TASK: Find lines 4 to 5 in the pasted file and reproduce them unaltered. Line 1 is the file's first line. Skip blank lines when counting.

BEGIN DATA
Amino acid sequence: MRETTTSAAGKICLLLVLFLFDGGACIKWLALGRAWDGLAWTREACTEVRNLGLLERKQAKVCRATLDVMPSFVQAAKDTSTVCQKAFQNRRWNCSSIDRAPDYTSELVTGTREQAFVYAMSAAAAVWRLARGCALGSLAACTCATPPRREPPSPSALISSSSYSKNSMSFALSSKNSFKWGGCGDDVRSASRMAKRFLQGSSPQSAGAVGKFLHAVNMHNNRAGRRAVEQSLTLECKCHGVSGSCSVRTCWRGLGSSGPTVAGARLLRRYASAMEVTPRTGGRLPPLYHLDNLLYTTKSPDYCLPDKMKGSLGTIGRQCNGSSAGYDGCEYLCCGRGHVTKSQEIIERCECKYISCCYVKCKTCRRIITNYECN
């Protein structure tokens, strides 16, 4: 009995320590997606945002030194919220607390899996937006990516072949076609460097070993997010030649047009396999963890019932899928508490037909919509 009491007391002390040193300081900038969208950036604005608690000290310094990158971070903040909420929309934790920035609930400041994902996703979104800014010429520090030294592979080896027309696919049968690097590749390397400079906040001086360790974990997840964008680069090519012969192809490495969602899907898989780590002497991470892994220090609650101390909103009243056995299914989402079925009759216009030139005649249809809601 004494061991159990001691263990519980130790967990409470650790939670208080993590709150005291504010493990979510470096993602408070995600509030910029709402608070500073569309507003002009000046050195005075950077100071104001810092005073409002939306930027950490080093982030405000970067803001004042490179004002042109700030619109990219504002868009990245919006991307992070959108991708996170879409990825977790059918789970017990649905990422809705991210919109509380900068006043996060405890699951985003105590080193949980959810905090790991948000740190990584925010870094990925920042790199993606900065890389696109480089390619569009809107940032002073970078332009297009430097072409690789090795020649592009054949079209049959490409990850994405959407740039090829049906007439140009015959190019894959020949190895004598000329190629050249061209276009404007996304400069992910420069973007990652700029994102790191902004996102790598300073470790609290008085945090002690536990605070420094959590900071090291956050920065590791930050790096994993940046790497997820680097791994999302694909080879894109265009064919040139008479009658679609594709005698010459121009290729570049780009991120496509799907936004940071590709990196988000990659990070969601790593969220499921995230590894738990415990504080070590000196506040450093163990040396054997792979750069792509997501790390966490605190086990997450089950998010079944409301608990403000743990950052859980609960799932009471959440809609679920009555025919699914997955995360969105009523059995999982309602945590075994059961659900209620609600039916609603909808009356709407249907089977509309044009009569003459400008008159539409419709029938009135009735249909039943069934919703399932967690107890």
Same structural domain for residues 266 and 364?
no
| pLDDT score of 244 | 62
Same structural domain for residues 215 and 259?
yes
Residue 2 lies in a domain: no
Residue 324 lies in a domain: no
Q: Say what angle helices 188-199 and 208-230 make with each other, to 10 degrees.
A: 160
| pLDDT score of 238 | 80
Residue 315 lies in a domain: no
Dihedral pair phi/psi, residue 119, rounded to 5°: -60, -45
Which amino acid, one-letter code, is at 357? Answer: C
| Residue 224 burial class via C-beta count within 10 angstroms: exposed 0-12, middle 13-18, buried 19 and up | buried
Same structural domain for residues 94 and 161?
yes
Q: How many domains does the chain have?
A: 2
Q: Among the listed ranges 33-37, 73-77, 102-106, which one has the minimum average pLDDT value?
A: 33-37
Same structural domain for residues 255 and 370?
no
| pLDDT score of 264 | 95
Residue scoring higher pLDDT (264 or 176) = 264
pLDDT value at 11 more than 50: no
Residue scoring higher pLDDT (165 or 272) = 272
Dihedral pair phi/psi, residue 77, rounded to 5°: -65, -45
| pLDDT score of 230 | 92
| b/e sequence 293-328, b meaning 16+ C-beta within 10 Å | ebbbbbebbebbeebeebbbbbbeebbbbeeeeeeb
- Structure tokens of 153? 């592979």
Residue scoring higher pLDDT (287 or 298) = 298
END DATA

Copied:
no
| pLDDT score of 244 | 62